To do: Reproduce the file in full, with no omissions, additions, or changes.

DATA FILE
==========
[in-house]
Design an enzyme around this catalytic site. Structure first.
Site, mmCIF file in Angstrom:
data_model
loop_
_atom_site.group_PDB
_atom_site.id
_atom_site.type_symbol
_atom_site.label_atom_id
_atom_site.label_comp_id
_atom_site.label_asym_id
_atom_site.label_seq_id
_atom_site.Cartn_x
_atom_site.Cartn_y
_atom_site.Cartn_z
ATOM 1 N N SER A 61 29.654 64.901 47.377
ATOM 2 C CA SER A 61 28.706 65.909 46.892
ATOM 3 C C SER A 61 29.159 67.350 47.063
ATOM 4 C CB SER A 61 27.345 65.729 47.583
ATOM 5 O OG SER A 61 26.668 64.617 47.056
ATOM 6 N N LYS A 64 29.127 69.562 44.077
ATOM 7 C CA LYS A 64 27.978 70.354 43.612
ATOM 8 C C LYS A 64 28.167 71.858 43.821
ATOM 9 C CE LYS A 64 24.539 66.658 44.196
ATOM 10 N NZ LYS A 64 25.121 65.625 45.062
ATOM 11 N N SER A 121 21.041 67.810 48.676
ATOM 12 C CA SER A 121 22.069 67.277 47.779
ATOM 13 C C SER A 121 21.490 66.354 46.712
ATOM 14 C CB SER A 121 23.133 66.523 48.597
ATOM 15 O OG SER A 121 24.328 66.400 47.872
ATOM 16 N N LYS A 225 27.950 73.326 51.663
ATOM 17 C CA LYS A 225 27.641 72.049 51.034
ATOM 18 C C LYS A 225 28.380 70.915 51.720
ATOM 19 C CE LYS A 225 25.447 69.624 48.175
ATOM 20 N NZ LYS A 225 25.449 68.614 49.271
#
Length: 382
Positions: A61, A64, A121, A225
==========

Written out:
[in-house]
Design an enzyme around this catalytic site. Structure first.
Site, mmCIF file in Angstrom:
data_model
loop_
_atom_site.group_PDB
_atom_site.id
_atom_site.type_symbol
_atom_site.label_atom_id
_atom_site.label_comp_id
_atom_site.label_asym_id
_atom_site.label_seq_id
_atom_site.Cartn_x
_atom_site.Cartn_y
_atom_site.Cartn_z
ATOM 1 N N SER A 61 29.654 64.901 47.377
ATOM 2 C CA SER A 61 28.706 65.909 46.892
ATOM 3 C C SER A 61 29.159 67.350 47.063
ATOM 4 C CB SER A 61 27.345 65.729 47.583
ATOM 5 O OG SER A 61 26.668 64.617 47.056
ATOM 6 N N LYS A 64 29.127 69.562 44.077
ATOM 7 C CA LYS A 64 27.978 70.354 43.612
ATOM 8 C C LYS A 64 28.167 71.858 43.821
ATOM 9 C CE LYS A 64 24.539 66.658 44.196
ATOM 10 N NZ LYS A 64 25.121 65.625 45.062
ATOM 11 N N SER A 121 21.041 67.810 48.676
ATOM 12 C CA SER A 121 22.069 67.277 47.779
ATOM 13 C C SER A 121 21.490 66.354 46.712
ATOM 14 C CB SER A 121 23.133 66.523 48.597
ATOM 15 O OG SER A 121 24.328 66.400 47.872
ATOM 16 N N LYS A 225 27.950 73.326 51.663
ATOM 17 C CA LYS A 225 27.641 72.049 51.034
ATOM 18 C C LYS A 225 28.380 70.915 51.720
ATOM 19 C CE LYS A 225 25.447 69.624 48.175
ATOM 20 N NZ LYS A 225 25.449 68.614 49.271
#
Length: 382
Positions: A61, A64, A121, A225